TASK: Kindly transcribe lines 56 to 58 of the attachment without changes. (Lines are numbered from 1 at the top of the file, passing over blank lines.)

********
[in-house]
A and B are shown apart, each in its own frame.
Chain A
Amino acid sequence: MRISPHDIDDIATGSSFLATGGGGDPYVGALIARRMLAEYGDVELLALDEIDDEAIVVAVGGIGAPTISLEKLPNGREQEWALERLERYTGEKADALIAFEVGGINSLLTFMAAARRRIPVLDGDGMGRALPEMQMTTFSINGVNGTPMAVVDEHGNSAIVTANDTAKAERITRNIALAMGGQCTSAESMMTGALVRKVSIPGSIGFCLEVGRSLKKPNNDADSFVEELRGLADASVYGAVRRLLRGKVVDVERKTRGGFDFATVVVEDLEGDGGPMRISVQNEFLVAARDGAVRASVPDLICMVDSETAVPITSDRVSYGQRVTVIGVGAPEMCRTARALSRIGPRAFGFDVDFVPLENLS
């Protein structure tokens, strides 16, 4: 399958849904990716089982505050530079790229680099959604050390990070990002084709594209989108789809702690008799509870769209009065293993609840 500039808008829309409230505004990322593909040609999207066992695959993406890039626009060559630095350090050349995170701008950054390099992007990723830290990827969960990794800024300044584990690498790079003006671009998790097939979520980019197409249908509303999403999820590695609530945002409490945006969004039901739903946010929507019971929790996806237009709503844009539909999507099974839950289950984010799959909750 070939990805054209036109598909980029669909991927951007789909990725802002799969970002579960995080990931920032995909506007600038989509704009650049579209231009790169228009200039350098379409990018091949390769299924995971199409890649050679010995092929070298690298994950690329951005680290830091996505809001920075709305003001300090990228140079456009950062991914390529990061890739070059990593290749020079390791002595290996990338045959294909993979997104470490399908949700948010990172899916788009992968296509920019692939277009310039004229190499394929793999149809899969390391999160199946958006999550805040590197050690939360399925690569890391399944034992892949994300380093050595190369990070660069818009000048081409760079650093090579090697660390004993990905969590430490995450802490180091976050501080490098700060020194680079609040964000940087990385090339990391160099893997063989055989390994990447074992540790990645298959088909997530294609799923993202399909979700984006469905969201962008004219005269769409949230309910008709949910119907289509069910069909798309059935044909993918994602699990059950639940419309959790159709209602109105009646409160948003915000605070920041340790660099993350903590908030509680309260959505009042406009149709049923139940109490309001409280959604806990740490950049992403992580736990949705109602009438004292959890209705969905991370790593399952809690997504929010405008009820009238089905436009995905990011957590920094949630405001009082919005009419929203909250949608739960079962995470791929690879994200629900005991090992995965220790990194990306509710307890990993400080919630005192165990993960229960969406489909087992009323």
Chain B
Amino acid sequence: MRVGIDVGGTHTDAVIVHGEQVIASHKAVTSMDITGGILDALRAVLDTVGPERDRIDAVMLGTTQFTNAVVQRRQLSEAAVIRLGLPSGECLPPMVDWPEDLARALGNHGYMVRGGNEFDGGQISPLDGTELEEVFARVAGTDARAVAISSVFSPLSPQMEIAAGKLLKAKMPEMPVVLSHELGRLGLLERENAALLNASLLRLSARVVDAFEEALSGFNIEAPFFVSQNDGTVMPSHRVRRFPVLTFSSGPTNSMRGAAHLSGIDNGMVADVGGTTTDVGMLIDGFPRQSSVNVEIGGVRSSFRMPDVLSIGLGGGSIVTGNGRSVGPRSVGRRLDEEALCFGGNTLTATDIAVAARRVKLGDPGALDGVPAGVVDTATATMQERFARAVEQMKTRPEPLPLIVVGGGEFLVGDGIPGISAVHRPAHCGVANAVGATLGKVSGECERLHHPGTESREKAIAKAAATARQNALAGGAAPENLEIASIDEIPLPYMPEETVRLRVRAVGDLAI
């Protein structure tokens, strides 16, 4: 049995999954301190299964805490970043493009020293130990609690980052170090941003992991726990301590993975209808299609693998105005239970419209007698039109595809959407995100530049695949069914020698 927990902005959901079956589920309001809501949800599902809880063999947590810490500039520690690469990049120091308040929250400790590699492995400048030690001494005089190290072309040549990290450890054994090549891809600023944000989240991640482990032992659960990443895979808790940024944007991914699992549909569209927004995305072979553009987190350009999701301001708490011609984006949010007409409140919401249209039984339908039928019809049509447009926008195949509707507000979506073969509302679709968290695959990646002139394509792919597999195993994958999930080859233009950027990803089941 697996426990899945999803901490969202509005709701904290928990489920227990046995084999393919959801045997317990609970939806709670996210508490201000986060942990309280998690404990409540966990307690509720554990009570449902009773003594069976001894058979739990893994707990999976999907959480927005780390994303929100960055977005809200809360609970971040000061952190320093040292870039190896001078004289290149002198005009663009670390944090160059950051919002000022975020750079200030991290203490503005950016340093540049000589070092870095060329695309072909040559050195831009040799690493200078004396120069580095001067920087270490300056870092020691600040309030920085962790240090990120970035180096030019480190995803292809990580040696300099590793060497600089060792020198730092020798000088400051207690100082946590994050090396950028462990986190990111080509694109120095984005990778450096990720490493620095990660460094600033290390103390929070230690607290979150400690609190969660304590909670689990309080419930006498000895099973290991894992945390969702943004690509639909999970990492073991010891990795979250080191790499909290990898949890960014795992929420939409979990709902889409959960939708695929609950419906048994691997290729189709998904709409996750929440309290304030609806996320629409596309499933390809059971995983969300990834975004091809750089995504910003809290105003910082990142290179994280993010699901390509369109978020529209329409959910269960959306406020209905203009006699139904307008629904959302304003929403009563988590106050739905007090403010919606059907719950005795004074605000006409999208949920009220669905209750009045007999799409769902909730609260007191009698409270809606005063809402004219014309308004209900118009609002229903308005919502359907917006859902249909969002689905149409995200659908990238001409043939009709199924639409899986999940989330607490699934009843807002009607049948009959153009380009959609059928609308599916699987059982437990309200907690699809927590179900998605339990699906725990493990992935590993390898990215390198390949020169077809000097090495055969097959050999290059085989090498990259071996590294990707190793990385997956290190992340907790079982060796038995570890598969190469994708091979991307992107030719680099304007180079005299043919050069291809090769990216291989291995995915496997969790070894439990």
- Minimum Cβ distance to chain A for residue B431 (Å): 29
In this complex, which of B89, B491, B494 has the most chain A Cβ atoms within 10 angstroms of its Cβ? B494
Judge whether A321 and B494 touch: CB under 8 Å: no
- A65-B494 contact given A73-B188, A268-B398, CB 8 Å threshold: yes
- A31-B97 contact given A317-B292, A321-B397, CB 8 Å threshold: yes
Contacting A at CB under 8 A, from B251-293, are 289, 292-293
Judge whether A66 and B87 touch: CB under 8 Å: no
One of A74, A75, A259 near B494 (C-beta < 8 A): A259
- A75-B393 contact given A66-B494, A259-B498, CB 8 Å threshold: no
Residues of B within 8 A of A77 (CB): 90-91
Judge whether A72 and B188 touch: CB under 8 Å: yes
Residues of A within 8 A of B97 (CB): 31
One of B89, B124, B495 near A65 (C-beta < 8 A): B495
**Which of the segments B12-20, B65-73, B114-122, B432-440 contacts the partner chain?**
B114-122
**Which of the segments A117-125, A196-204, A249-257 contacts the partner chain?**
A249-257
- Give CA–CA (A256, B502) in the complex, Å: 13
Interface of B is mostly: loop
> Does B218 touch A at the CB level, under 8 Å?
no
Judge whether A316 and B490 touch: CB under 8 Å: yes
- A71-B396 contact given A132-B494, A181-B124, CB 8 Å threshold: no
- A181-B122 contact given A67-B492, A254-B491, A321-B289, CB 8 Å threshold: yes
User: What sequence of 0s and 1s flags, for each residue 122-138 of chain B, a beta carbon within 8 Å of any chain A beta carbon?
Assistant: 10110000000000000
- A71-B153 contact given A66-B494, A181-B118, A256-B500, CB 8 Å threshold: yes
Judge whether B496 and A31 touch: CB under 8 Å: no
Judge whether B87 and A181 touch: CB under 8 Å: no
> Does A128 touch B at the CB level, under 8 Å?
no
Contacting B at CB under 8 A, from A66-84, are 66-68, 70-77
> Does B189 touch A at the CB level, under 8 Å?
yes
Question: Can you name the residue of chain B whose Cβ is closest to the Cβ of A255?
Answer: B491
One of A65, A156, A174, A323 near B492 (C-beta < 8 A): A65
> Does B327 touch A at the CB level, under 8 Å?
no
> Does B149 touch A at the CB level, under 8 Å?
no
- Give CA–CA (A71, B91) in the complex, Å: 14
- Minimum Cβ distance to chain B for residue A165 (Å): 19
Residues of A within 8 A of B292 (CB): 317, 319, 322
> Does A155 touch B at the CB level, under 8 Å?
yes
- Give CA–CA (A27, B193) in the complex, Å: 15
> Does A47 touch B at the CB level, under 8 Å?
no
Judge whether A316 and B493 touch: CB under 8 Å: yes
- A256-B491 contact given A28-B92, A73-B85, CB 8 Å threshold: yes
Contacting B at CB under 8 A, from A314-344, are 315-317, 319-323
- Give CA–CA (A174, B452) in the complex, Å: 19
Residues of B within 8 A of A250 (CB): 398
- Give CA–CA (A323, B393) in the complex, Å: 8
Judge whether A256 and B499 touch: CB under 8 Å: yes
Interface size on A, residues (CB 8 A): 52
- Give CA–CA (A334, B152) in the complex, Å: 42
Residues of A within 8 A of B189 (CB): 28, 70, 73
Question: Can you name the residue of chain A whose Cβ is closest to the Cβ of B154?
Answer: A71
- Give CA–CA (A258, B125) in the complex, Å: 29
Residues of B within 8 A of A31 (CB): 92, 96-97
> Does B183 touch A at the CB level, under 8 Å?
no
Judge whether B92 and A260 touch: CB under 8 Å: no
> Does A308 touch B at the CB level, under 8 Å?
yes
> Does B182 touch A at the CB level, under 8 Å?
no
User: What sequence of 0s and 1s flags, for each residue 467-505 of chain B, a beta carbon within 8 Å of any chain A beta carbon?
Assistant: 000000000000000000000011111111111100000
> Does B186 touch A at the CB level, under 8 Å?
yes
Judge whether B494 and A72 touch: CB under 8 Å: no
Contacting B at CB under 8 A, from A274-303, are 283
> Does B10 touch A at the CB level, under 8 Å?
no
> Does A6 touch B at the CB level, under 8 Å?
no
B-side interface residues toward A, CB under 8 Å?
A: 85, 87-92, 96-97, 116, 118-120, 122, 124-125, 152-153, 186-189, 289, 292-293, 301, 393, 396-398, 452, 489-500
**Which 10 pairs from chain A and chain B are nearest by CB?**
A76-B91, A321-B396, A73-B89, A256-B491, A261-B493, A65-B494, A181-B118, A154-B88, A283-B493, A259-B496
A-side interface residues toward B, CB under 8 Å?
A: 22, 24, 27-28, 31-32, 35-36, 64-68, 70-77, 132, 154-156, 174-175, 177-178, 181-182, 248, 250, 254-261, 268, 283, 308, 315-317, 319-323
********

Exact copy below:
> Does A47 touch B at the CB level, under 8 Å?
no
Judge whether A316 and B493 touch: CB under 8 Å: yes